When asked about the economic benefits that could be reaped from preserving Muthurajawela Wetland Prof. Weerakoon explained that wetlands provide a range of services to man such as food, flowers, medicine, timber, protection from both land-borne hazards (floods) or sea-borne hazards (Hurricanes, storm surges, tsunamis), recreational opportunities, spiritual upliftment, purification of water, purification of air, removal of pollutants in water etc., “Therefore, many human livelihoods and human well-being depends on wetlands. The ability of a wetland to provide these services depends on wetland health (i.e. maintaining the wetland at optimum state). This is the reason why wetlands should be preserved, managed, restored or conserved because human beings as well as many other organisms depend on them for their existence. Yet we have treated our wetlands poorly and have directly or indirectly contributed to their degradation (through release of wastewater containing pollutants, dumping solid waste, introduction of invasive species), loss (reclamation of wetlands) and fragmentation (unplanned development), resulting in the loss of these valuable services. Muthurajawela, being a coastal wetland, provides one of the most important services in the form of retaining flood water; especially during heavy rain. The climate change driven alteration of weather patterns has paved the way for large volumes of rain to occur over a short period leading to floods, storm surges, hurricanes etc. This has made coastal wetlands such as Muthurajawela even more important as they are our first line of defence against such hazards.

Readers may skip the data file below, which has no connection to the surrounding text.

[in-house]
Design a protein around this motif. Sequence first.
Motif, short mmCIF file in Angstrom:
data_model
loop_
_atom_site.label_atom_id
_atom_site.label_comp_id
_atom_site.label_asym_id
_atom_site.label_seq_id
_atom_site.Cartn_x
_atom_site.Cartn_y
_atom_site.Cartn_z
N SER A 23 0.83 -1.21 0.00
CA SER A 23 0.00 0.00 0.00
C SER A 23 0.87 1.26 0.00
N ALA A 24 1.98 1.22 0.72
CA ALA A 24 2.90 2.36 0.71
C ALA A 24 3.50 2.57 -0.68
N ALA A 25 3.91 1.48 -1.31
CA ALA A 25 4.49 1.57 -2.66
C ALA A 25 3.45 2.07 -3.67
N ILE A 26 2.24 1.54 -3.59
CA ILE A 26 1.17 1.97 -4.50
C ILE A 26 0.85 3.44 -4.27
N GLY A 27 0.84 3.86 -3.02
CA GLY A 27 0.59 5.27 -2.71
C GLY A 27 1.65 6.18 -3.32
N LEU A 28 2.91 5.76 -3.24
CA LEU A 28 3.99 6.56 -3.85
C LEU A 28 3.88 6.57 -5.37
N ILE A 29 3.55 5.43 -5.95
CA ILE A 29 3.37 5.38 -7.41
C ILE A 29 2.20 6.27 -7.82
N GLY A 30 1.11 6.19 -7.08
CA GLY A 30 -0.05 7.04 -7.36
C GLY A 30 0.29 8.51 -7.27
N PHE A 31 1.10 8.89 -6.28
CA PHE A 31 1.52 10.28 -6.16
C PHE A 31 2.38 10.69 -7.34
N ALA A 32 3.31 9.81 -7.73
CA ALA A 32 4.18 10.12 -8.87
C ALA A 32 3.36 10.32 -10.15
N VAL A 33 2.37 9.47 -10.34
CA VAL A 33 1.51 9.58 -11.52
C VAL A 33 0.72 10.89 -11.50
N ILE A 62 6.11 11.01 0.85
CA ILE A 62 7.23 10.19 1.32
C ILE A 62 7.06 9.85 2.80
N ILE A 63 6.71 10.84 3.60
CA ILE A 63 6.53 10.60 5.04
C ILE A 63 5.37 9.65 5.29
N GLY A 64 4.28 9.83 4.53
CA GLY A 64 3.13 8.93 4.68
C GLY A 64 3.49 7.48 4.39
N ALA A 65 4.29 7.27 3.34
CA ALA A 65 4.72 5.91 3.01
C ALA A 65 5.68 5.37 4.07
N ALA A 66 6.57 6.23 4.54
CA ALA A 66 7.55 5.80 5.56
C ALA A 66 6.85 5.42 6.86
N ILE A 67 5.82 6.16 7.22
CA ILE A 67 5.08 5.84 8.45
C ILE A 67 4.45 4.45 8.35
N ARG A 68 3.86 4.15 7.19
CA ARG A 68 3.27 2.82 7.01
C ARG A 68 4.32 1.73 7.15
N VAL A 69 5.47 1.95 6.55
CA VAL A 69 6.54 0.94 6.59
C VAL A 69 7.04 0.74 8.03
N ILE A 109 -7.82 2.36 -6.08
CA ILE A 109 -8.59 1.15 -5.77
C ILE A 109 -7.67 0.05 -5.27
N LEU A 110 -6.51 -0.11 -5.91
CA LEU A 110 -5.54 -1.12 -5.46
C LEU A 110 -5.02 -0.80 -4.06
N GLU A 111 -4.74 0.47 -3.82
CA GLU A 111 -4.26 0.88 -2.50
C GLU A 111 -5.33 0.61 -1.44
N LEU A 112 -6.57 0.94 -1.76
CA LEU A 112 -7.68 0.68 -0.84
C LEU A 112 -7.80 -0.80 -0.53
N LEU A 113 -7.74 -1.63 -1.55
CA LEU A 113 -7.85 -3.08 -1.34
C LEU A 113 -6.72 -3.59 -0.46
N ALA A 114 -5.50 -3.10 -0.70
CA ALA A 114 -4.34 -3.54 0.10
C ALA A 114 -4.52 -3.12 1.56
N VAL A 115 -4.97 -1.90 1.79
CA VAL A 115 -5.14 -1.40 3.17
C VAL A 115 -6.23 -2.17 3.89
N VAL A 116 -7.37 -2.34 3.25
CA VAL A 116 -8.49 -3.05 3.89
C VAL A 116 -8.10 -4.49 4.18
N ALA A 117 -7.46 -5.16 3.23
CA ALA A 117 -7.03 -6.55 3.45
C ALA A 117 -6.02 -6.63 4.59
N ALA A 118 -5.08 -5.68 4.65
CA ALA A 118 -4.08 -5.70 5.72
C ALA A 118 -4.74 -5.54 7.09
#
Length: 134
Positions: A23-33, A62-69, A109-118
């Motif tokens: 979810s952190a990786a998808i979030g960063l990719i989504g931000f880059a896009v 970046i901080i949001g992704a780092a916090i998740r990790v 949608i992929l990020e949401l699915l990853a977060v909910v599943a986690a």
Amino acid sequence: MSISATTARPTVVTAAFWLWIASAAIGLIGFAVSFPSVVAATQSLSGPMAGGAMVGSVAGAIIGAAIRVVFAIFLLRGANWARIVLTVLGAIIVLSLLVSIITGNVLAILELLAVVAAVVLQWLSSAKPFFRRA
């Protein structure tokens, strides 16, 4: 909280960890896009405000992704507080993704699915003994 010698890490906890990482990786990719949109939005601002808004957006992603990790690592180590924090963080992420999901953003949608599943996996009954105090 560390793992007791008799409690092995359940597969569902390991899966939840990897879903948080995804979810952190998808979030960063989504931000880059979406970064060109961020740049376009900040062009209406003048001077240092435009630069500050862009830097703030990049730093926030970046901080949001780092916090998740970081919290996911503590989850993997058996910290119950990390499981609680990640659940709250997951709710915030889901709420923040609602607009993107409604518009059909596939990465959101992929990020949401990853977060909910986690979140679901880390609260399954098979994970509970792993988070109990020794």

“Further, the upstream areas of Muthurajawela from Peliyagoda to Ja-ela are undergoing rapid urbanization which makes this area more vulnerable to floods (floods are a phenomenon defined based on impact on social-economic activities of human and therefore, urbanization places more people at risk unless it is planned properly). Thus in the phase of these two factors (rapid urbanization and climate change driven alteration of rainfall), it is vital to preserve and restore coastal wetlands to make our cities more resilient to natural hazards. In addition to this Muthurajawela wetlands provide other economic benefits such as recreation, food that can be derived from the wetlands (e.g. fish and shell fish) as shown by many studies over the years,” said Prof. Weerakoon.